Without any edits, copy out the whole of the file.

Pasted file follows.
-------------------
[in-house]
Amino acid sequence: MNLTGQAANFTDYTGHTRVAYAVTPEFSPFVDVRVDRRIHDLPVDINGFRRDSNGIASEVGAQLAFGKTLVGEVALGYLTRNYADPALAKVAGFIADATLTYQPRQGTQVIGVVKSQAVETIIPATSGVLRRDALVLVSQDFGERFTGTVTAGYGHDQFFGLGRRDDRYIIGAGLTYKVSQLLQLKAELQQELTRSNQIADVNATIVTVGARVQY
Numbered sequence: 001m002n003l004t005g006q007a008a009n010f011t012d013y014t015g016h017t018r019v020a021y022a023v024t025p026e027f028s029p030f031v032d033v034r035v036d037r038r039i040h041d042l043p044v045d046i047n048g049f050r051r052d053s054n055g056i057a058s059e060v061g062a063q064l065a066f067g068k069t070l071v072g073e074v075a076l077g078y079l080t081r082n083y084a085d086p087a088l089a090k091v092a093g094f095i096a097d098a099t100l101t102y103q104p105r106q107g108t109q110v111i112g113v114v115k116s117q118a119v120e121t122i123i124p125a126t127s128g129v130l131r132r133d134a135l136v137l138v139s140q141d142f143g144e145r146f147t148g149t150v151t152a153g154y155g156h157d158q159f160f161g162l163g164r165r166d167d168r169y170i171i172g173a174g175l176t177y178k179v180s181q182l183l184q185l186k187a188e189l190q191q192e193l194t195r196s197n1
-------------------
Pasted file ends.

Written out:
[in-house]
Amino acid sequence: MNLTGQAANFTDYTGHTRVAYAVTPEFSPFVDVRVDRRIHDLPVDINGFRRDSNGIASEVGAQLAFGKTLVGEVALGYLTRNYADPALAKVAGFIADATLTYQPRQGTQVIGVVKSQAVETIIPATSGVLRRDALVLVSQDFGERFTGTVTAGYGHDQFFGLGRRDDRYIIGAGLTYKVSQLLQLKAELQQELTRSNQIADVNATIVTVGARVQY
Numbered sequence: 001m002n003l004t005g006q007a008a009n010f011t012d013y014t015g016h017t018r019v020a021y022a023v024t025p026e027f028s029p030f031v032d033v034r035v036d037r038r039i040h041d042l043p044v045d046i047n048g049f050r051r052d053s054n055g056i057a058s059e060v061g062a063q064l065a066f067g068k069t070l071v072g073e074v075a076l077g078y079l080t081r082n083y084a085d086p087a088l089a090k091v092a093g094f095i096a097d098a099t100l101t102y103q104p105r106q107g108t109q110v111i112g113v114v115k116s117q118a119v120e121t122i123i124p125a126t127s128g129v130l131r132r133d134a135l136v137l138v139s140q141d142f143g144e145r146f147t148g149t150v151t152a153g154y155g156h157d158q159f160f161g162l163g164r165r166d167d168r169y170i171i172g173a174g175l176t177y178k179v180s181q182l183l184q185l186k187a188e189l190q191q192e193l194t195r196s197n1